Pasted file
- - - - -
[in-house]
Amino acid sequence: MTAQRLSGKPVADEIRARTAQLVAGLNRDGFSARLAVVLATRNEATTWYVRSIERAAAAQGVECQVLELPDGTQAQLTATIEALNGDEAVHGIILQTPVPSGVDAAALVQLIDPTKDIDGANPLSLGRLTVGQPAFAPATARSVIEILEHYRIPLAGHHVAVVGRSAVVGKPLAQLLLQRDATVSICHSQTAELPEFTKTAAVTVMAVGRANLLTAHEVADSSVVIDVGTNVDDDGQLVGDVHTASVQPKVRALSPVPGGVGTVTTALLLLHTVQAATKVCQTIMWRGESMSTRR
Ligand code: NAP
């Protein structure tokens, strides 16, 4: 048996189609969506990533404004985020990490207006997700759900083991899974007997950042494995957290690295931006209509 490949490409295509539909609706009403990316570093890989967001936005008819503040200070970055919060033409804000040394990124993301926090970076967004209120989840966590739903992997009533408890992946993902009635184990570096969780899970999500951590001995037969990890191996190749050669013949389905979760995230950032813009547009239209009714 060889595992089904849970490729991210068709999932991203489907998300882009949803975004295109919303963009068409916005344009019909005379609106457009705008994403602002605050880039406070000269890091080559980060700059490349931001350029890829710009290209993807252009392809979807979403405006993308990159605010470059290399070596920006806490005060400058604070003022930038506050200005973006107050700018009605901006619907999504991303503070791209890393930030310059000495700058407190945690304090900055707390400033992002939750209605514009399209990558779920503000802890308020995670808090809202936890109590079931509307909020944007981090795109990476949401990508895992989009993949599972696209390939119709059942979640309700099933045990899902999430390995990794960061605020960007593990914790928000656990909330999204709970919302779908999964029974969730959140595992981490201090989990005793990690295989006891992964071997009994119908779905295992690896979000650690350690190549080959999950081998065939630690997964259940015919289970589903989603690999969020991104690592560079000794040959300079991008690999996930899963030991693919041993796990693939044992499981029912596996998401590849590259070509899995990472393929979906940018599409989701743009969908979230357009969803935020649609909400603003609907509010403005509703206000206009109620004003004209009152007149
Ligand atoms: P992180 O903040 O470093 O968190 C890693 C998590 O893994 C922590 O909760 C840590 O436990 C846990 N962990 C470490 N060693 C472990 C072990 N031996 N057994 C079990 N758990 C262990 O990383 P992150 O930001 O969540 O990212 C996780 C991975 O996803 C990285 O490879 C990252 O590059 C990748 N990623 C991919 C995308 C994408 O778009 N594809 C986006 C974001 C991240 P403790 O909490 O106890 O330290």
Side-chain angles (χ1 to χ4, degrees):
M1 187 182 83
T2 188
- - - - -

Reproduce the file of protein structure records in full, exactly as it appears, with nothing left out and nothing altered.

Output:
[in-house]
Amino acid sequence: MTAQRLSGKPVADEIRARTAQLVAGLNRDGFSARLAVVLATRNEATTWYVRSIERAAAAQGVECQVLELPDGTQAQLTATIEALNGDEAVHGIILQTPVPSGVDAAALVQLIDPTKDIDGANPLSLGRLTVGQPAFAPATARSVIEILEHYRIPLAGHHVAVVGRSAVVGKPLAQLLLQRDATVSICHSQTAELPEFTKTAAVTVMAVGRANLLTAHEVADSSVVIDVGTNVDDDGQLVGDVHTASVQPKVRALSPVPGGVGTVTTALLLLHTVQAATKVCQTIMWRGESMSTRR
Ligand code: NAP
């Protein structure tokens, strides 16, 4: 048996189609969506990533404004985020990490207006997700759900083991899974007997950042494995957290690295931006209509 490949490409295509539909609706009403990316570093890989967001936005008819503040200070970055919060033409804000040394990124993301926090970076967004209120989840966590739903992997009533408890992946993902009635184990570096969780899970999500951590001995037969990890191996190749050669013949389905979760995230950032813009547009239209009714 060889595992089904849970490729991210068709999932991203489907998300882009949803975004295109919303963009068409916005344009019909005379609106457009705008994403602002605050880039406070000269890091080559980060700059490349931001350029890829710009290209993807252009392809979807979403405006993308990159605010470059290399070596920006806490005060400058604070003022930038506050200005973006107050700018009605901006619907999504991303503070791209890393930030310059000495700058407190945690304090900055707390400033992002939750209605514009399209990558779920503000802890308020995670808090809202936890109590079931509307909020944007981090795109990476949401990508895992989009993949599972696209390939119709059942979640309700099933045990899902999430390995990794960061605020960007593990914790928000656990909330999204709970919302779908999964029974969730959140595992981490201090989990005793990690295989006891992964071997009994119908779905295992690896979000650690350690190549080959999950081998065939630690997964259940015919289970589903989603690999969020991104690592560079000794040959300079991008690999996930899963030991693919041993796990693939044992499981029912596996998401590849590259070509899995990472393929979906940018599409989701743009969908979230357009969803935020649609909400603003609907509010403005509703206000206009109620004003004209009152007149
Ligand atoms: P992180 O903040 O470093 O968190 C890693 C998590 O893994 C922590 O909760 C840590 O436990 C846990 N962990 C470490 N060693 C472990 C072990 N031996 N057994 C079990 N758990 C262990 O990383 P992150 O930001 O969540 O990212 C996780 C991975 O996803 C990285 O490879 C990252 O590059 C990748 N990623 C991919 C995308 C994408 O778009 N594809 C986006 C974001 C991240 P403790 O909490 O106890 O330290």
Side-chain angles (χ1 to χ4, degrees):
M1 187 182 83
T2 188